Category Archives: machine learning

Experiencing Deep Learning with Jupyter and Anaconda

Most of the time my work with deep learning is done in command line interface with Python and TensorFlow. The clean and efficient syntax of the Python language and package design of TensorFlow almost eliminated the need of a complex Integrated Development Environment (IDE). But after trying out the free Google Colab service that provide a web based interface in Jupyter, I am going to set up one on my desktop that sports an Nvidia RTX2060 GPU.

Installation is easy, but be sure to run Anaconda console as Administrator on Windows platform. For running TensorFlow with GPU:

conda create -n tensorflow_gpuenv tensorflow-gpu
conda activate tensorflow_gpuenv

Managing multiple packages is much easier with Anaconda as it separate configurations into environments that can be customized. On my development machine, I can simply create a TensorFlow environment with GPU and then install Jupyter to enjoy its graphical interface.

Finally to activate Jupyter:

jupyter notebook

jupyterconsole.PNG

To see how Anaconda with Jupyter is flexible on the same machine, a comparison of a simple image pattern recognition program runs under Jupyter with and without GPU support.

jupytergpu
jupytercpu

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Machine learning with a classic game Doom and TensorFlow

Busy this weekend with work. During those irregular shift, I decided to let my GeForce RTX 2060 to play some game while I am away from home.

VizDoom is a port of the classic first person shooting game Doom to the machine learning area. With this specialised port compatible with Python, it is easy to train neural network to play this human game with TensorFlow. Over the weekend, my GPU card played countless episodes of games to learn how to win on itself while I am working in office.

doom2

 

Visualizing TensorFlow with TensorBoard

TensorBoard is a tool for visualizing graphs and various metrics for TensorFlow session runs. With a few line of additional code, TensorBoard gathers and report run statistics in a nice graphical interface.tensorboard1

First of all a few lines are required to TensorFlow session as in below:

writer = tf.summary.FileWriter("output", sess.graph)
print(sess.run(GH, options=options, run_metadata=run_metadata))
writer.close()

Before running the session, start TensorBoard using the following command.
tensorboard2

Finally run the TensorFlow session and point the browser to the TensorBoard.
tensorboard3

Profiling machine learning applications in TensorFlow

TensorFlow provided package timeline by using the import from tensorflow.python.client

from tensorflow.python.client import timeline

This is useful for performance profiling TensorFlow application with graphical visualization similar to the graphs generated from the CUDA Visual Profiler. With a little tweak in the machine learning code, TensorFlow applications can store and report performance metrics of the learning process.
tfprofile3

The design of the timeline package made it easy to add profiling by simply adding code below.

run_options = tf.RunOptions(trace_level=tf.RunOptions.FULL_TRACE)
run_metadata = tf.RunMetadata() 

It is also required to instruct the model to compile with the profiling options:

model.compile(optimizer='adam',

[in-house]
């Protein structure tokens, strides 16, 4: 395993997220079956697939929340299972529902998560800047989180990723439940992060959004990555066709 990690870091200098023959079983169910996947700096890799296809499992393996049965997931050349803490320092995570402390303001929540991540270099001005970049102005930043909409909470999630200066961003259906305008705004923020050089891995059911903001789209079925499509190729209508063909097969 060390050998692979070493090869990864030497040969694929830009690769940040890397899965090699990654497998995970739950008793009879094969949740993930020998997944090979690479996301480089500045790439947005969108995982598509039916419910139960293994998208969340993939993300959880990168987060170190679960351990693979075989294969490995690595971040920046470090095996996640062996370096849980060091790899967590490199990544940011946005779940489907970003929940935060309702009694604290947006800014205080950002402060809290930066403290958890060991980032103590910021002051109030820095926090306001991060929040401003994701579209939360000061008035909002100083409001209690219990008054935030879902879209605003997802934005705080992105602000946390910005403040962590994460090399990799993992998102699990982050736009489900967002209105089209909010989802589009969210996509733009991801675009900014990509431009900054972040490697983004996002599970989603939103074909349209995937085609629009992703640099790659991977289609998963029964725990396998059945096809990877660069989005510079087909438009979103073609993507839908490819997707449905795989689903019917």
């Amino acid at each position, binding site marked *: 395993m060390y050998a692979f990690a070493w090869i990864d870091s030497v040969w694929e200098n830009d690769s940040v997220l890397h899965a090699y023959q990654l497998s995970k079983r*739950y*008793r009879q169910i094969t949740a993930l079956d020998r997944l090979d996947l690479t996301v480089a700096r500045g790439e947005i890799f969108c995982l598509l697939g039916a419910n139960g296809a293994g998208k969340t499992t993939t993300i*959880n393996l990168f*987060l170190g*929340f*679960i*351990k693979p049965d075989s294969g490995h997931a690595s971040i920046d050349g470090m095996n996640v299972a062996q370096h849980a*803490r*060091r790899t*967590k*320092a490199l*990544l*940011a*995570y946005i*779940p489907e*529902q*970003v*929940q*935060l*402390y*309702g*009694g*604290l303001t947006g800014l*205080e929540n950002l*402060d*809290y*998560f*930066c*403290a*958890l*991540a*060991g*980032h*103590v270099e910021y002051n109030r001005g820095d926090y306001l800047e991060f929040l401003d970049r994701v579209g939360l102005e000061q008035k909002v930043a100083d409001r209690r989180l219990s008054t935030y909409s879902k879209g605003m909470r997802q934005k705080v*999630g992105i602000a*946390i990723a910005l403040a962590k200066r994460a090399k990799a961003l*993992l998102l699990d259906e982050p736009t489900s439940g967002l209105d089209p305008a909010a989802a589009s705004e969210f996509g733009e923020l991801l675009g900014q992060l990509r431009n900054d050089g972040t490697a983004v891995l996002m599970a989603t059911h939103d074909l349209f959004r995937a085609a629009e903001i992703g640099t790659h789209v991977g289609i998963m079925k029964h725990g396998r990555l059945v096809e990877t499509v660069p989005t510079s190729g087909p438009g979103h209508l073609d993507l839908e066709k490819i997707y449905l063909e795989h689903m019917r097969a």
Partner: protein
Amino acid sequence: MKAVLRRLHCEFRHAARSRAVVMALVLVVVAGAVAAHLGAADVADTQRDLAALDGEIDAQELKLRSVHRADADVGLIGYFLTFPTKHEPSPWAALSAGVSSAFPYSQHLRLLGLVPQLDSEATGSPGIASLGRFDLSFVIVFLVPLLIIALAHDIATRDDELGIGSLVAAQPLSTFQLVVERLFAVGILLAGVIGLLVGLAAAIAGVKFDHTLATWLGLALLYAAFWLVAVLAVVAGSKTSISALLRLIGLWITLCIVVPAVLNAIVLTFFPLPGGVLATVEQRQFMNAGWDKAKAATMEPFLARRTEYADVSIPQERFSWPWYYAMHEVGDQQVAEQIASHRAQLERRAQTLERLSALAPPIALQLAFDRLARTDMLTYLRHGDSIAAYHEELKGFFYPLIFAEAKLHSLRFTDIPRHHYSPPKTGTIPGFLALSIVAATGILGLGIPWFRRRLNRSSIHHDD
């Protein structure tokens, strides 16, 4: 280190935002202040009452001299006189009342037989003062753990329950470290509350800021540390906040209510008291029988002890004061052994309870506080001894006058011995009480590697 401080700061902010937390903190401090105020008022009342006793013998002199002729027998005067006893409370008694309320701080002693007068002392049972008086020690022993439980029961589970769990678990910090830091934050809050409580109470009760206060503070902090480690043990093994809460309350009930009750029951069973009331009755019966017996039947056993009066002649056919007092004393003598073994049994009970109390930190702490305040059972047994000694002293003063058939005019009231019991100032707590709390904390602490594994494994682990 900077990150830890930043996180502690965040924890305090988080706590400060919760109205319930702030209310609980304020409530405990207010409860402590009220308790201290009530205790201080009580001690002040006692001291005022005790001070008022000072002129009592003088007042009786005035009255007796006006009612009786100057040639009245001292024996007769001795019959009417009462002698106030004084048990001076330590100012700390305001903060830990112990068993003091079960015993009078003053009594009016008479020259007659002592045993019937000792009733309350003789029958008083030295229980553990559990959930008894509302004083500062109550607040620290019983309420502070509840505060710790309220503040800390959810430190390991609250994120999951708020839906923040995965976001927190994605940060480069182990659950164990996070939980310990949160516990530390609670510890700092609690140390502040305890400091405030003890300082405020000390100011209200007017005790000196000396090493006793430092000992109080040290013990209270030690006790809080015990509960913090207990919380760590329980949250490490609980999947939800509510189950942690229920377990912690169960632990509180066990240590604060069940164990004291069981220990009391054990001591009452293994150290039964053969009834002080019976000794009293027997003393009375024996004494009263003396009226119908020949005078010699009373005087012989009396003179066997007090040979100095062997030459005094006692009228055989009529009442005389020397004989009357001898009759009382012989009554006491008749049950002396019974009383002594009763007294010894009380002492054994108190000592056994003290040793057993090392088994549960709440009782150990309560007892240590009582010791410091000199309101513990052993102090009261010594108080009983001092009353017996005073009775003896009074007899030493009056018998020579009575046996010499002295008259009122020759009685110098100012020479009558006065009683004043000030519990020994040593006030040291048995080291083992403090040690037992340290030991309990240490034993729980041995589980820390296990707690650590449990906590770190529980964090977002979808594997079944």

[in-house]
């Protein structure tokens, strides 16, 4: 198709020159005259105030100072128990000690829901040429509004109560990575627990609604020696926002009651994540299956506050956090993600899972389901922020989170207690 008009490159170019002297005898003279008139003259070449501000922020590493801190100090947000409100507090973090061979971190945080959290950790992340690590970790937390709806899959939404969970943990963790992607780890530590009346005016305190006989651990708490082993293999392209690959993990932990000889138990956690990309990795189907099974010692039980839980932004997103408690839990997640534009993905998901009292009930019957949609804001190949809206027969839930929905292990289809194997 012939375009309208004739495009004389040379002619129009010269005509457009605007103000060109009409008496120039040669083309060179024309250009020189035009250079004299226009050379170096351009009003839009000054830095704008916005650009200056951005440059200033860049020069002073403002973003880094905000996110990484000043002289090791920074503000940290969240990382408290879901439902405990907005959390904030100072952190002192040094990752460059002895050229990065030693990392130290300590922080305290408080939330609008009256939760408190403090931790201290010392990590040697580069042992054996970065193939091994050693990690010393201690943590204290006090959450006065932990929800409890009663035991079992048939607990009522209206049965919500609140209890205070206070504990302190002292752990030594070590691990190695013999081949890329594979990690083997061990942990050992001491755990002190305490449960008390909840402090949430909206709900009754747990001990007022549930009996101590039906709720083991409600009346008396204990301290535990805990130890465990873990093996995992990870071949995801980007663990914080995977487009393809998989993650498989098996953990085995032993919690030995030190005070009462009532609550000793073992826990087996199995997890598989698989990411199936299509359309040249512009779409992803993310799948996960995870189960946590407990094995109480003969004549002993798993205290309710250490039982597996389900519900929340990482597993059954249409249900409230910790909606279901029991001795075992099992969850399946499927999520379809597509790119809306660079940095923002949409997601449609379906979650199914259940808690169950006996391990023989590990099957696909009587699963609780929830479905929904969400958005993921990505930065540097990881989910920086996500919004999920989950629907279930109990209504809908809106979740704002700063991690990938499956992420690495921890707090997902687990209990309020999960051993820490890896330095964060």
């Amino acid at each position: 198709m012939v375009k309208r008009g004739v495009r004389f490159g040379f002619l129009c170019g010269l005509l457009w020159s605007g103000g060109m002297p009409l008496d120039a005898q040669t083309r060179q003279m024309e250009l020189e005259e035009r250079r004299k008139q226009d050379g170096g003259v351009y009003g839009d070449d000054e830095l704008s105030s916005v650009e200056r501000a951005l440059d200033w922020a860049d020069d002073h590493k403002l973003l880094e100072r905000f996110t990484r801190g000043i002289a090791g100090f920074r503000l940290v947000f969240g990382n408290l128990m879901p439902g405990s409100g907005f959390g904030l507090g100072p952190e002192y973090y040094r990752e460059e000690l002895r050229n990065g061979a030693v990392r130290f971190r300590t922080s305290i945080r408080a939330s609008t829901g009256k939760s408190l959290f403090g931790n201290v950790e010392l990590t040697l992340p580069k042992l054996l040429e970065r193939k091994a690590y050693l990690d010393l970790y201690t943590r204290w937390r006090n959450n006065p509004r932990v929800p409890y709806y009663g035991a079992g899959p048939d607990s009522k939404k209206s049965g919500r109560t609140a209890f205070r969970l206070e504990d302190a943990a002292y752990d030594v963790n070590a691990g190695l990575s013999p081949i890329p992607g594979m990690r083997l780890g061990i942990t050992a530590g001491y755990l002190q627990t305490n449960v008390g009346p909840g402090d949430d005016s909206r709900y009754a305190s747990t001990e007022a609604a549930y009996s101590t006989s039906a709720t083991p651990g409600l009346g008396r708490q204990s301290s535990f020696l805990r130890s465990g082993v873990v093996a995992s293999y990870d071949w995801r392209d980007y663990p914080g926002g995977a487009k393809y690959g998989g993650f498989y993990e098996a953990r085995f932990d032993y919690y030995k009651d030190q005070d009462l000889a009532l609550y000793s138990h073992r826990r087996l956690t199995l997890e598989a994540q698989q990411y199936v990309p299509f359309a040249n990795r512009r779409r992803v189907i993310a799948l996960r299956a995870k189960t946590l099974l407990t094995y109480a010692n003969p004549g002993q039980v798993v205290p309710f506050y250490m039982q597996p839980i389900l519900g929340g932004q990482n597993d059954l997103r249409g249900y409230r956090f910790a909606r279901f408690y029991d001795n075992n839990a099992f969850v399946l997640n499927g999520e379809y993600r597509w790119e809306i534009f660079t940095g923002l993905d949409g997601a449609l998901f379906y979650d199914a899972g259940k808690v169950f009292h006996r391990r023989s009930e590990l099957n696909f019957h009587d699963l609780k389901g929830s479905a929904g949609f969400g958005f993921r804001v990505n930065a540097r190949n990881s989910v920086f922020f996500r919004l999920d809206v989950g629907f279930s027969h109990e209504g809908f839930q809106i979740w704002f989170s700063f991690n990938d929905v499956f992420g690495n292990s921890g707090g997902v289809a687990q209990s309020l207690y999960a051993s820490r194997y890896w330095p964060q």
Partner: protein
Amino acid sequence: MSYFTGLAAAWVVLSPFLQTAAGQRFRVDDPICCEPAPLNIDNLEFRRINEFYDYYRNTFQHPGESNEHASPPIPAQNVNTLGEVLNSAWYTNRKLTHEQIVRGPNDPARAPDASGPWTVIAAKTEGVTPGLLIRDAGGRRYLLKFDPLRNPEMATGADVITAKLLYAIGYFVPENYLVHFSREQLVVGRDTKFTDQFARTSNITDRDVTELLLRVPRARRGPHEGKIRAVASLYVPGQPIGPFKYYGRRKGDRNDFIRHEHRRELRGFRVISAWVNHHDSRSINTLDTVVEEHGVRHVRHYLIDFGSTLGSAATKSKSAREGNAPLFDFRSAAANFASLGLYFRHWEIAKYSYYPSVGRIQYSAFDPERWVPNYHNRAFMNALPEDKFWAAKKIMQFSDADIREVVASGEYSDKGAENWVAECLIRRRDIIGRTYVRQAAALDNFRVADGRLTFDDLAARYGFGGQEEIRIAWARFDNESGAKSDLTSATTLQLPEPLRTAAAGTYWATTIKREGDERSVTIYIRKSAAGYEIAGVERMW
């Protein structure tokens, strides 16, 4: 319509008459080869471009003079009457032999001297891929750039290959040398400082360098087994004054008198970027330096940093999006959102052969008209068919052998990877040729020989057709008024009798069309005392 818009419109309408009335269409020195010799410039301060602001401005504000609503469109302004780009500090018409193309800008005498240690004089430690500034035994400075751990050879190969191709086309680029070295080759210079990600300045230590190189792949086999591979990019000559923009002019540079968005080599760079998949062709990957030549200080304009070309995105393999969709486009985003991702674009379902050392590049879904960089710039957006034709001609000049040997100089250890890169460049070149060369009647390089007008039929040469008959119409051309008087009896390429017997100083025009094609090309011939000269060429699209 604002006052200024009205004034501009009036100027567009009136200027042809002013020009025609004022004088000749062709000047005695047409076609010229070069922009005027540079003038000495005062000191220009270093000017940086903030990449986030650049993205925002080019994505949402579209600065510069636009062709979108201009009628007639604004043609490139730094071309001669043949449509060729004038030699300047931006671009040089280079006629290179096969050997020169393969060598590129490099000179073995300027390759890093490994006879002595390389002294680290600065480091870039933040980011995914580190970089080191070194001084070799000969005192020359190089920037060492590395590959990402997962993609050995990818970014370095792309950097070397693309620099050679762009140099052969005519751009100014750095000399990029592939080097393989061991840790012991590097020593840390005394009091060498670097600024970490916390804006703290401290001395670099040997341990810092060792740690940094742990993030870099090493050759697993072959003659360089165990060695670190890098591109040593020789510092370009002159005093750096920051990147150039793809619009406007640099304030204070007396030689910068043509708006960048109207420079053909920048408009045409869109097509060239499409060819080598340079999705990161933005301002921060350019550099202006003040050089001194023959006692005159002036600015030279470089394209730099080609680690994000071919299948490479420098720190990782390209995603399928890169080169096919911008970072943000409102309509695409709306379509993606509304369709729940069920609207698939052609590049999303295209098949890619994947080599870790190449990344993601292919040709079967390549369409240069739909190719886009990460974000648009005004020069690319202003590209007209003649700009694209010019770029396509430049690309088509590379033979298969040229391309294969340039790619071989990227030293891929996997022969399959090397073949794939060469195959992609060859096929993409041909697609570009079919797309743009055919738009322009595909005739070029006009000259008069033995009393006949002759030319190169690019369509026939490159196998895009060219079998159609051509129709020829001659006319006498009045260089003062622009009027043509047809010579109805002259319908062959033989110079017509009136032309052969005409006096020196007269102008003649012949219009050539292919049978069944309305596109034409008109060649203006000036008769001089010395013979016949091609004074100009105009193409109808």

loss='sparse_categorical_crossentropy',
metrics=['accuracy'],
options=run_options,
run_metadata=run_metadata)

With the sample mnist digits classifier for TensorFlow, the output shown Keras history are saved and can be later retrieved to generate reports.
tfprofile2

Finally, using the Chrome tracing page ( chrome://tracing/ ), the performance metrics persisted on file system can be opened for verification.
tfprofile1

 

More test driving of Tensorflow with Nvidia RTX 2060

By following the TensorFlow guide, it is easy to see how TensorFlow harnesses the power of my new Nvidia RTX 2060.

The first one is image recognition. Similar to the technology used in a previous installment on neural network training with traffic images from CCTV captured, a sample data set of images with classification of fashion objects are learnt by using TensorFlow. In that previous installment, Amazon Web Service cloud with a K520 GPU instance is used for the model training. In this blog post, the training is actually taking place in the Nvidia RTX 2060.

tfimg1

Another classic sample is the regression analysis, from the Auto MPG data set. With a few line of code, TensorFlow clean up the data set to remove unsuitable values and convert categorical values to numeric ones for the model.

tfimg2

Interesting applications of Generative Adversarial Network to crack CAPTCHA

Interesting results from a recent paper presented at the 25th ACM conference on Computer and Communications Security shown advances in Generative Adversarial Network (GAN). In particular the paper focused on tackling Captcha with GAN. GANs take a game theory approach in the training of network and during the deep learning process two entities compete in a game that one trying to fool the other while the other strives not to be fooled.

Comparison of performance of machine learning the probability distributions are usually considered as metrics for benchmark. One such commonly used is the Jensen–Shannon Divergence and a generalization can be given as

jsd

 

Movidius compute stick on Raspberry Pi

The Movidius compute stick is supported on the Raspberry Pi 3 Model B platform. This is almost like a dream deployment for low power consumption applications. The overall dimension of Movidius with Raspi in their original configuration might not fit into some commonly available IP56 waterproof enclosures but with some ultra short extension cables and converters, packing them insides and even with a lithium battery pack should be easy.

raspimovidius